Article

Response to selection and genetic parameters of body and carcass weights in Japanese quail selected for 4-week body weight

Department of Animal Science, Faculty of Agriculture, University of Tehran, PO Box 4111, 31587-77871 Karaj, Iran.
Poultry Science (Impact Factor: 1.67). 09/2010; 89(9):1834-41. DOI: 10.3382/ps.2010-00725
Source: PubMed

ABSTRACT

The current study was conducted to investigate the effect of short-term selection in Japanese quail for 4-wk BW and estimate genetic parameters of BW, carcass traits, and egg weight. A selected line and control line were randomly selected from a base population. In each generation, 39 sires and 78 dams were used as parents for the next generation. Data were collected over 2 consecutive hatches for 4 generations, and 1,554 records from 151 sires and 285 dams were used to estimate the genetic parameters. The genetic improvement of 4-wk BW was 9.6, 8.8, and 8.2 g in generations 2, 3, and 4, respectively. There was a significant effect of sex, generation, and line (P < 0.001). There was a significant difference for BW and carcass weights but not for carcass percentage components between sexes (P < 0.01). Females showed higher figures than males. The realized heritability for 4-wk BW was 0.55, reflecting the accuracy of selection. However the estimated heritability by using pedigree information was 0.26 +/- 0.05. The genetic correlation among BW and carcass traits was relatively high (ranging from 0.85 to 0.91). Inbreeding caused a decline in the mean for all of the traits, but its effect was only significant for 4-wk BW and carcass weight (P < 0.05). Selection for 4-wk BW improved feed conversion ratio 0.16 units over the selection period. Results showed there was a strong genetic correlation between 4-wk BW and carcass traits that suggests that early 4-wk BW can be used as a selection criterion to improve carcass traits. Also, intense selection resulting in high rates of inbreeding might result in decreased response to selection due to inbreeding depression.

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Available from: Ardeshir Nejati Javaremi, May 08, 2014
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    • "In the next generation, 30 birds more were introduced (unknown parents) into the population. These birds had then been selected for 4 wk body weight (Khaldari et al. 2010). The number of male and female birds and contributing founders in each generation are presented in Table 1. "

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    • "Japanese quail (Coturnix coturnix japonica) were reared by the Department of Poultry Science at the University of Arkansas. The F line was selected for post-hatch growth rate for over 60 generations and C line, was not selected for any trait, but was kept in similar conditions to the F line (Ricklefs and Marks 1985; Anthony et al. 1986; Khaldari et al. 2010). The F line reached a body mass of 271.7 g at the age of 4 weeks, more than double the C line at 127.5 g for the same growth period, and had a growth rate constant (K) of 0.096, compared with a K of 0.075 for the C line (Ricklefs and Marks 1985). "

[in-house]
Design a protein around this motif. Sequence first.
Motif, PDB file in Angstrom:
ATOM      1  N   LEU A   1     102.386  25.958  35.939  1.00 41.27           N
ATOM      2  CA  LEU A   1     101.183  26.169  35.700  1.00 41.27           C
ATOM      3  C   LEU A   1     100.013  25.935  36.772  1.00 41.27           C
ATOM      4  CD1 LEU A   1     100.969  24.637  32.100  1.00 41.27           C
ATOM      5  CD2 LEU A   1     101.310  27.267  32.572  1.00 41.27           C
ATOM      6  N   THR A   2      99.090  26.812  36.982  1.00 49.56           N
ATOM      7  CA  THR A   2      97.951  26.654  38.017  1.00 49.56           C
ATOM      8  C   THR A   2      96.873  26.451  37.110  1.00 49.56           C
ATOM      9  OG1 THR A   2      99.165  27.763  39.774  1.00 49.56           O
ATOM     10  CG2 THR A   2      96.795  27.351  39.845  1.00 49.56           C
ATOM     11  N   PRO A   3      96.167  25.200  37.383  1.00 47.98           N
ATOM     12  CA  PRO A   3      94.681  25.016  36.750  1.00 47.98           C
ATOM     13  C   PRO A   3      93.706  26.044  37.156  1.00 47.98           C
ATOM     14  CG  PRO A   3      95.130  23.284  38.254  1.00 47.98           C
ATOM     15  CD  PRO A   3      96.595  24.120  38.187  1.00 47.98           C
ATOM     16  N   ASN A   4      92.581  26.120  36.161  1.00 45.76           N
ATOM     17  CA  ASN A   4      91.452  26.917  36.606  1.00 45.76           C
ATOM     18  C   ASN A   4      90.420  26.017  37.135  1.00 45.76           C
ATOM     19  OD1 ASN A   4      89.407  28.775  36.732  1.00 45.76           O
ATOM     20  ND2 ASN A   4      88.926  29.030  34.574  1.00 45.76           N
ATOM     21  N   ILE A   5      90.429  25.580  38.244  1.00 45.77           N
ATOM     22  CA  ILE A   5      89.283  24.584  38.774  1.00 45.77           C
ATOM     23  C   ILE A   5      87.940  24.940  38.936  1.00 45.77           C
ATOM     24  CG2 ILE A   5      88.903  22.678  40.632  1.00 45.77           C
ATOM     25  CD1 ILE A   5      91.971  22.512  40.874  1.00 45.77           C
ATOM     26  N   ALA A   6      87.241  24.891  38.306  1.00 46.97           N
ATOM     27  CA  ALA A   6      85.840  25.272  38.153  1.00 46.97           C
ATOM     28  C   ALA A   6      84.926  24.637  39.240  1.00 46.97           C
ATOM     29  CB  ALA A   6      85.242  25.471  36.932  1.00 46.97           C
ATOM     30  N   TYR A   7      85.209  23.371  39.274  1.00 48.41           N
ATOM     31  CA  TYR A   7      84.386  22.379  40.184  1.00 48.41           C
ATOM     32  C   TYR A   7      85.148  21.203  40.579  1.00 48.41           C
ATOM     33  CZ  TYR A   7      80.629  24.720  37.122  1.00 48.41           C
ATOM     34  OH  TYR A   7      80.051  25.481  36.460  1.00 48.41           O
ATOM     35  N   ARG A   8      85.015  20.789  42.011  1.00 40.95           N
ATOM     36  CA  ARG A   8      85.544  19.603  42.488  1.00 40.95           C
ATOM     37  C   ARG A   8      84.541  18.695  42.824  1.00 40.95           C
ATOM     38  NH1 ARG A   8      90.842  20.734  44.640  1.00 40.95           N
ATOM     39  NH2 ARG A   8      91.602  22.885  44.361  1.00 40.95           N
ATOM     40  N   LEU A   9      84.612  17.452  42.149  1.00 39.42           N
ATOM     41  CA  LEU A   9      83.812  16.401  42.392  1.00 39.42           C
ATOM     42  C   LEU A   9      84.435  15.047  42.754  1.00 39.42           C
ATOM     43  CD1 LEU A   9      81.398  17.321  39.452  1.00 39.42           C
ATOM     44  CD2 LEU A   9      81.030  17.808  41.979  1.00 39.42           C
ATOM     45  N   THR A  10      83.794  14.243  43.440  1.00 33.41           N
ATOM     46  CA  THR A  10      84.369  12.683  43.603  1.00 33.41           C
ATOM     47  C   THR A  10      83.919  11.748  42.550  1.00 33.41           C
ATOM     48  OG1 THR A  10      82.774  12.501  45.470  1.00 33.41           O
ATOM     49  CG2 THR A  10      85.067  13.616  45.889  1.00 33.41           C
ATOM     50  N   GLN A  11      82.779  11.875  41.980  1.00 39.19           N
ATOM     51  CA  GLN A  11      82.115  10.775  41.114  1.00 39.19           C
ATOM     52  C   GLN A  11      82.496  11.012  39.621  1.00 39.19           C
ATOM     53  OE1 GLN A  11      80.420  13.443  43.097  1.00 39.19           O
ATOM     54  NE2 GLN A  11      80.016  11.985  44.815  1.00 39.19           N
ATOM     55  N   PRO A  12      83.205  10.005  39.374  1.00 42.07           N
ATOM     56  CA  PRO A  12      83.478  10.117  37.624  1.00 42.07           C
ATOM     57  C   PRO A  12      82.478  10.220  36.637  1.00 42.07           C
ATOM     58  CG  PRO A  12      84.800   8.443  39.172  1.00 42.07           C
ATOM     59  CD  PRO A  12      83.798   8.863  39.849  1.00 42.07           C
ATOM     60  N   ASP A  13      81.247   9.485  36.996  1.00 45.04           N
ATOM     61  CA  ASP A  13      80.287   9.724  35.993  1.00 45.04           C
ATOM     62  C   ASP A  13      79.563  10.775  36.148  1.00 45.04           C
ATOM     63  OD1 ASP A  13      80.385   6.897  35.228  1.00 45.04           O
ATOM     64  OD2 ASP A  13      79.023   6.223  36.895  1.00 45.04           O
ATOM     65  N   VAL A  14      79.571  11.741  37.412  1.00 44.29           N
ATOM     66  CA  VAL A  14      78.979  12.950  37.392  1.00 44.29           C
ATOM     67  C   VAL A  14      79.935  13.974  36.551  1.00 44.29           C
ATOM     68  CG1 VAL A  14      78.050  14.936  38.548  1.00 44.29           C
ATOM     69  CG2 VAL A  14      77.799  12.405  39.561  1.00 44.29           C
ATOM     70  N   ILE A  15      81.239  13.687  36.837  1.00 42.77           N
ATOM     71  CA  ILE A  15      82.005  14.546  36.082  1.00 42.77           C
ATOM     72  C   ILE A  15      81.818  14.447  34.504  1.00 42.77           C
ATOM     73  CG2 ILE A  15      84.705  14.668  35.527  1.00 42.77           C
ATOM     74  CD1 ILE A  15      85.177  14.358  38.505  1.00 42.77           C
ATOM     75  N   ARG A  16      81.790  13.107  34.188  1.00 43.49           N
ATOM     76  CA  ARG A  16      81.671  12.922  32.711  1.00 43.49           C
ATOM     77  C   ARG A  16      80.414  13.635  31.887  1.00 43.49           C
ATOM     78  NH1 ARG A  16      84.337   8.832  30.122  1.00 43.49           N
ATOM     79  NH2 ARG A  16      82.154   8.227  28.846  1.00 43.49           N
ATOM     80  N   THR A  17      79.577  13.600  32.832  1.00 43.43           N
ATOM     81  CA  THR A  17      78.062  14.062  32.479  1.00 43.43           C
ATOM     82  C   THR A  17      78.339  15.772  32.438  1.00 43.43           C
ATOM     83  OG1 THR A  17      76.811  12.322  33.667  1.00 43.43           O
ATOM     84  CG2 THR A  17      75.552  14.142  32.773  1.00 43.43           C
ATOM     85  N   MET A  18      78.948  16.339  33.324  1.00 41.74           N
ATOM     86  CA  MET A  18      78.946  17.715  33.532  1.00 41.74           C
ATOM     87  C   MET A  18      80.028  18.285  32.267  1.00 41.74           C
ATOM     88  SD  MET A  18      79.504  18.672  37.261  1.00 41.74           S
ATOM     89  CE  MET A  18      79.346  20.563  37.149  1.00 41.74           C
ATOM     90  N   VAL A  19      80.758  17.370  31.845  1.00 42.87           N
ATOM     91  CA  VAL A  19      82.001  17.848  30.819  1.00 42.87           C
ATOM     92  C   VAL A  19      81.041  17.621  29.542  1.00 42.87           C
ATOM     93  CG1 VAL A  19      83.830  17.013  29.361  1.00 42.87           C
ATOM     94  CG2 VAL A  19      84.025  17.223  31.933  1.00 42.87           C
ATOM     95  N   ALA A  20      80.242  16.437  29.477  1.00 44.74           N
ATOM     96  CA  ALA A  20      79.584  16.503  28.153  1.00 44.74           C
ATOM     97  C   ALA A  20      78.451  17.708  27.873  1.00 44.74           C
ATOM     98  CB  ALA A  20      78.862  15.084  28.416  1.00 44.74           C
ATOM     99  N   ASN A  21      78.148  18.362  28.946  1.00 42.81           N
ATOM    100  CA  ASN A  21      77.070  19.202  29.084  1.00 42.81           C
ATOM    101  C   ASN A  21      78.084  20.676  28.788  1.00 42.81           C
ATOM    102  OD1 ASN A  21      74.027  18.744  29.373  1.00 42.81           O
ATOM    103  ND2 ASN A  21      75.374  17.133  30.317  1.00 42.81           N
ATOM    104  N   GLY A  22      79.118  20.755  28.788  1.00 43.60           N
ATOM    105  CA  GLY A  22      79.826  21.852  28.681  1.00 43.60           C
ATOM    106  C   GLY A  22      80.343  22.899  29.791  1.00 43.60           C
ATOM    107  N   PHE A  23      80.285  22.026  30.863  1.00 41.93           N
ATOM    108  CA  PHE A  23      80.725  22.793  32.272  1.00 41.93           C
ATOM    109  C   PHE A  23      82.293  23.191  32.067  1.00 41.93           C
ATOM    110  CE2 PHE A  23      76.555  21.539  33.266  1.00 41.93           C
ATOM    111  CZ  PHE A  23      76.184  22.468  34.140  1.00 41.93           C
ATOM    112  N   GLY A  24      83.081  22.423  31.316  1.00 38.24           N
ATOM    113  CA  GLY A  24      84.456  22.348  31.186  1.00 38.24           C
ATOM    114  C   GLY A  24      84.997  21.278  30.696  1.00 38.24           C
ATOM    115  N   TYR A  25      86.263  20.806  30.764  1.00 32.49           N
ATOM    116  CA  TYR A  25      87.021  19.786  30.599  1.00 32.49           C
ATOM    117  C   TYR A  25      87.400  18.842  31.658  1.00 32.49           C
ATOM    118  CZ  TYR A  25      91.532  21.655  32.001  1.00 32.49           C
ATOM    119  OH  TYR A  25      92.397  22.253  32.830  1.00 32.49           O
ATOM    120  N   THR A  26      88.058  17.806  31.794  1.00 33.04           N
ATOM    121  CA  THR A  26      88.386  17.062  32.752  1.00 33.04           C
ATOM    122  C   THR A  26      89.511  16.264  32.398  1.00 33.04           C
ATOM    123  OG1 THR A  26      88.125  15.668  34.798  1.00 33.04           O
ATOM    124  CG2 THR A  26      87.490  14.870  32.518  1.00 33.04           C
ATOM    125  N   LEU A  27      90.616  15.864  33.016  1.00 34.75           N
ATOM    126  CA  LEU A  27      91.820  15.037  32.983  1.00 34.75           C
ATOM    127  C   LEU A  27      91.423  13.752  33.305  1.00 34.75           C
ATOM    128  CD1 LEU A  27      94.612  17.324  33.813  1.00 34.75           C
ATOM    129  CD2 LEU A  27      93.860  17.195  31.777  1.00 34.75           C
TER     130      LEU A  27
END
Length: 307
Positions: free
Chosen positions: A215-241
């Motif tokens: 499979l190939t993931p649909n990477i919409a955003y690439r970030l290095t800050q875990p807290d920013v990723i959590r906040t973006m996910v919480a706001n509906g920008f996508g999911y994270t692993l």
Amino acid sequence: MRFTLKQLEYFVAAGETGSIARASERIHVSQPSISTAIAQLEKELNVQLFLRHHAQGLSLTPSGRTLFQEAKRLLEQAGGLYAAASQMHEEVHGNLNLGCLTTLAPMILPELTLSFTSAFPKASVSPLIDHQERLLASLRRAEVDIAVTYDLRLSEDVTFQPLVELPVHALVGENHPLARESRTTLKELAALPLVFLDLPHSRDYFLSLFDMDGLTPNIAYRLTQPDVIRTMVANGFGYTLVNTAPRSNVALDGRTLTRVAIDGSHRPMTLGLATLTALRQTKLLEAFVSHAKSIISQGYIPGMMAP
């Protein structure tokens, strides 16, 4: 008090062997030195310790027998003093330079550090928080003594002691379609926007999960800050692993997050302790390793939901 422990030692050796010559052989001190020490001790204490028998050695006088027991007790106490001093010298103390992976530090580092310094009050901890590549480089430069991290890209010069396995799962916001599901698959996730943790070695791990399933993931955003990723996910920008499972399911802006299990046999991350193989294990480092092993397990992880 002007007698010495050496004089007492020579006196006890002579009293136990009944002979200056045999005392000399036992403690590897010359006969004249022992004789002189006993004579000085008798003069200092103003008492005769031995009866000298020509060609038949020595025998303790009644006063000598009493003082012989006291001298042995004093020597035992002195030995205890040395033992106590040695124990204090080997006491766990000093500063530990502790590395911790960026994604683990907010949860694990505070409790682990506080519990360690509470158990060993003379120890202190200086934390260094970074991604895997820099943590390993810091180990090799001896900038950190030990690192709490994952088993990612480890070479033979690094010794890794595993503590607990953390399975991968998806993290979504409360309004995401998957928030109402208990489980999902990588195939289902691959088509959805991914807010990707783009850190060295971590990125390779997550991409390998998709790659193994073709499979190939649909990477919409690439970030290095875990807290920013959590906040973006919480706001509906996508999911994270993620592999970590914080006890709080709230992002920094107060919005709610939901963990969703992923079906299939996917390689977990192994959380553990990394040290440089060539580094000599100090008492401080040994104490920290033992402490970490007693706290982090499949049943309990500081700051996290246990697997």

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    ABSTRACT: Growth rate is a fundamental parameter of an organism's life history and varies 30-fold across bird species. To explore how whole-organism growth rate and the metabolic rate of cultured muscle cells are connected, two lines of Japanese quail (Coturnix coturnix japonica), one that had been artificially selected for fast growth for over 60 generations and a control line were used to culture myoblasts. In line with previous work, myoblasts from the fast growth line had significantly higher rates of oxygen consumption, glycolytic flux, and higher mitochondrial volume than myoblasts from the control line, indicating that an increase in growth rate is associated with a concomitant increase in cellular metabolic rates and that mitochondrial density contributes to the differences in rates of metabolism between the lines. We reared chicks from two hybrid lines with reciprocal parental configurations for growth rate to explore the effect of maternally inherited mitochondrial DNA on rates of growth and metabolism. Growth rates of chicks, cellular basal oxygen consumption, glycolytic flux, and mitochondrial volume in myoblasts from chicks from both reciprocal crosses were intermediate to the fast and control lines. This indicates that genes in the nucleus have a strong influence on metabolic rates at the cellular level, compared with maternally inherited mitochondrial DNA.
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    • "There were significant differences for mean values of EW, SG, SI, LE and SW traits between both flocks and ages, whereas no significant differences were found for SR, SS and WE traits at 12 and 16 weeks of age. The average egg weight in this study was 12.76 g (Table 1), which was lower than the 13.40 g reported by Khaldari et al. (2010) and 13.25 g reported by Copur et al. (2010). On the other hand, this average value for EW is in agreement with those reported by Erensayin and Camci (2002), Sahin et al. (2002), Roshdy et al. (2010) and Lotfi et al. (2012) of between 12.00 and 12.75 and also higher than the 10.27–11.43 "
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